The idea of Europe as a political superpower [left] was an illusion, argues historian Walter Laqueur. But a disunited Europe would be even more starkly exposed to the harsh winds of today’s world, in which military power still counts, he writes for Politico:
If the EU breaks down, it will in all likelihood be a partial and not a total process. It will be followed by a learning process, the length of which will probably vary from country to country. It will depend on the economic damage suffered and on the political pressure to which the various countries feel exposed.
In the 1970s and 1980s, the magnetic promise of integration helped stabilize democracy in Greece, Spain, and Portugal, notes former Swedish foreign minister Carl Bildt. In the 1990s, when ten countries and 100 million citizens broke from the Soviet empire and joined the West, the promise of EU accession eased, encouraged, and to some extent guided the transition, he writes for Project Syndicate:
The soft power of an integrated Europe inspired democratic reform for decades in Turkey; and only two years ago, the promise of Europe inspired democratic change in Ukraine. Although both cases reveal the limits to the EU’s soft power, it remains the key to overcoming the legacies of strife in the Balkans. Foreign policy is a particularly challenging area for Europeans to develop a common approach, notes Matteo Garavoglia, a Visiting Fellow in Foreign Policy at Brookings’ Center on the United States and Europe.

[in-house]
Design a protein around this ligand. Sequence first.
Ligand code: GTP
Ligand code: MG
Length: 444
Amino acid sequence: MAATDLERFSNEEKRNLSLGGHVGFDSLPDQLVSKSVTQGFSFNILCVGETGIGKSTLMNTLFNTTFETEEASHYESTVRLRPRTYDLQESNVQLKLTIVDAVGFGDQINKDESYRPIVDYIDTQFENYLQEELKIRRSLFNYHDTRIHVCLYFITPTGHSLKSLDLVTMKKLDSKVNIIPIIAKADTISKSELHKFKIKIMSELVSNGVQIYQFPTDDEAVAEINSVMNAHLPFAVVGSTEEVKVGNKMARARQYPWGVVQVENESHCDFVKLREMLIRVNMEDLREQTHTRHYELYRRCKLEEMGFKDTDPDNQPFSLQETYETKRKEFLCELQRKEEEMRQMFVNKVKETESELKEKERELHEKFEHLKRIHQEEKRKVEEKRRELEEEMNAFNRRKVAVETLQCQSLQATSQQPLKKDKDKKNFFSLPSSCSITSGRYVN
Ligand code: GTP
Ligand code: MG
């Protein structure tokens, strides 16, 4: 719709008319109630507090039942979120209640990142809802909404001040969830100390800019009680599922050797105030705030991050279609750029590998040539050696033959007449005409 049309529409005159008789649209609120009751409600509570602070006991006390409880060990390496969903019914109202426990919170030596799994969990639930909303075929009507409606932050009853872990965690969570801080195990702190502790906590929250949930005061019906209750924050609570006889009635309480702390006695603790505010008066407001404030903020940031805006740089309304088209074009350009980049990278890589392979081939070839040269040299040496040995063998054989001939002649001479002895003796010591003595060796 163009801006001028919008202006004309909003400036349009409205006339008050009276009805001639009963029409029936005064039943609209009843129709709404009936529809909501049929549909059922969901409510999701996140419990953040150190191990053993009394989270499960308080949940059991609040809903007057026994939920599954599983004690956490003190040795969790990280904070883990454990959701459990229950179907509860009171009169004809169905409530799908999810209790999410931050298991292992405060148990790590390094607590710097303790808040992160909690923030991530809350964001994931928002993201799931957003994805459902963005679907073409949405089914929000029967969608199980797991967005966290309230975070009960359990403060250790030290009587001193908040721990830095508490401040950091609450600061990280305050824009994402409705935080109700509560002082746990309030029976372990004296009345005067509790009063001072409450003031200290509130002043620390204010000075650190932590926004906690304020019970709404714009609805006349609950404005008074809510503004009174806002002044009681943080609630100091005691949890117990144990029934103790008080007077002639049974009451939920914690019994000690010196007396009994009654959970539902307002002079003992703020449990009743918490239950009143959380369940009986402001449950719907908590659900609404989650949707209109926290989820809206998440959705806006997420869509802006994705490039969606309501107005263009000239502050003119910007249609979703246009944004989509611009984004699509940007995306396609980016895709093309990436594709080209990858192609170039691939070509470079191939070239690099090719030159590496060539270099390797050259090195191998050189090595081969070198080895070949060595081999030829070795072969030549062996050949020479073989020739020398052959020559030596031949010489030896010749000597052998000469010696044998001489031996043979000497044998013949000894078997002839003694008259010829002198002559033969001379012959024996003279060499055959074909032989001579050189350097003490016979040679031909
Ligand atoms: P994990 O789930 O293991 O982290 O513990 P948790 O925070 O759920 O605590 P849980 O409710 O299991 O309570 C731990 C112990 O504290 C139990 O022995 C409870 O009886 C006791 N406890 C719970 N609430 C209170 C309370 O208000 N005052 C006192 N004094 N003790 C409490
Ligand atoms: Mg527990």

The European External Action Service (EEAS) continuously struggles to forge a consensus between national capitals. Yet, even in this realm, there are reasons for hope, he writes:
The Election Observation Missions (EOMs) deployed over the last 15 years by the European Union to witness electoral processes worldwide offering some inspiring lessons.
EOMs are an important element of soft power projection in EU foreign policy. As a normative actor, Europe is keen to spread its core values through the support of democracy worldwide. Election observation missions provide the EU with an opportunity to gain a sophisticated understanding of current democratic standards in countries around the globe. Through these insights, the EU can better adjust its policymaking in the field of democracy support.
Predictions of EU bust are as hubristic as those of its boom, adds Laqueur:
A future European Union is also more likely to be based on economic interests than common traditions, ideas and emotions. If a new European Union comes into being it will above all have to investigate what went wrong with the present attempt, what mistakes were committed, why it did not stick. These lessons will take time to learn, but they are an obvious precondition for greater success in the future.